The Science of Pickle Juice

A new study has revealed that pickle brine might be more effective than sports drinks at treating muscle cramps, confirming a longstanding assumption in the sports world. Football players, cyclists and triathletes have been sipping dill-flavoured drinks, including bottles of The Pickle Juice Company for years.

Those who downed the brine stopped complaining of cramping within 85 seconds - about 37% faster than the water drinkers and 45% faster than when they didn’t drink anything at all.

Dr Kevin Miller, the lead author of the study, told the Times he thinks pickle brine helps cure cramps because it triggers a nerve reaction. In fact, pickle brine seemed to ease cramp pains so quickly that he doubts it even had time to leave the athletes’ stomachs before it started to work. Instead, Miller and the other researchers argued that pickle juice might spark some kind of 'neurally mediated reflex' that helps give the right cues to misfiring muscles, which are thought to cause cramps.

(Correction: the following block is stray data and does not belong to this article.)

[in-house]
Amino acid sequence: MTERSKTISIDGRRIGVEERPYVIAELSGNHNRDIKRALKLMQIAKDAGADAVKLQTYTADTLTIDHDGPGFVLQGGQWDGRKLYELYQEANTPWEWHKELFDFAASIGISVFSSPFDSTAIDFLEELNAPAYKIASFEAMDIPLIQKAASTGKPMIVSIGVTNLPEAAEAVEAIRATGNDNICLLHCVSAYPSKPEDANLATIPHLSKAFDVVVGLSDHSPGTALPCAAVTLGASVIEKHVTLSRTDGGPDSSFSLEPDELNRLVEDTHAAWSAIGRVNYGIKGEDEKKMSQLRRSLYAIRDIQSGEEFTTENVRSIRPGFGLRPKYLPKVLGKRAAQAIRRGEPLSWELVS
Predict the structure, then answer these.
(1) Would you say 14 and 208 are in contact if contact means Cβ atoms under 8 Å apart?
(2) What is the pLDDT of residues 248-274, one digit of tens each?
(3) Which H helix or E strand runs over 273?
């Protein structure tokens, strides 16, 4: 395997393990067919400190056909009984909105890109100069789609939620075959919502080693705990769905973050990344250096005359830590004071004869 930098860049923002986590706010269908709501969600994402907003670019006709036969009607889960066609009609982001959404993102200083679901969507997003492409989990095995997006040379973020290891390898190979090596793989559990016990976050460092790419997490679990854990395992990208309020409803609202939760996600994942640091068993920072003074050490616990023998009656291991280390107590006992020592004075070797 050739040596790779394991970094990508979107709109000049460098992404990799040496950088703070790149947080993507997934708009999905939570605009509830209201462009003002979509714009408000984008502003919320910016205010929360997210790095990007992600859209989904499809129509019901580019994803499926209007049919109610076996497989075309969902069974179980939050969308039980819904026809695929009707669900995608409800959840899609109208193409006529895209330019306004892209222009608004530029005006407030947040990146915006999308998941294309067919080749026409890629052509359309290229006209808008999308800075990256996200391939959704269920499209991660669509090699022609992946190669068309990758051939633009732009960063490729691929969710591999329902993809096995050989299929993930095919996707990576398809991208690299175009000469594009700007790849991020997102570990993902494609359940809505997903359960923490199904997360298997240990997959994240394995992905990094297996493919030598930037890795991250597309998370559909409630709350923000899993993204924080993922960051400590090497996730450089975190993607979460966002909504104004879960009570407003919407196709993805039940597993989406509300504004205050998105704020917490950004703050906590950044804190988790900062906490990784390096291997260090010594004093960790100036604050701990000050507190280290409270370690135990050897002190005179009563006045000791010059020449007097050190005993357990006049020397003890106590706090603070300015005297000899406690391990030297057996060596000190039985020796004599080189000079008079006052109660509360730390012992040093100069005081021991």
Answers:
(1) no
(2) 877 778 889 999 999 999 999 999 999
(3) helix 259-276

Though the study offers some concrete proof that pickle juice can quickly treat muscle cramps, the salty drink is still just a drop in the ocean at major sporting events compared to water and other sports drinks.

Further resources on the above finds can be sourced from the information below:

Med Sci Sports Exerc. 2010 May;42(5):953-61.doi:10.1249/MSS.ObO13e3181c0647e.Reflex inhibition of electrically induced muscle cramps in hypo-hydrated humans.Miller KC1, Mack GW, Knight KL, Hopkins JT, Draper DO, Fields PJ, Hunter I.

Author information

Department of Health, Nutrition, and Exercise Sciences, North Dakota State University, Fargo, ND 58108-6050, USA.

Richard Blanton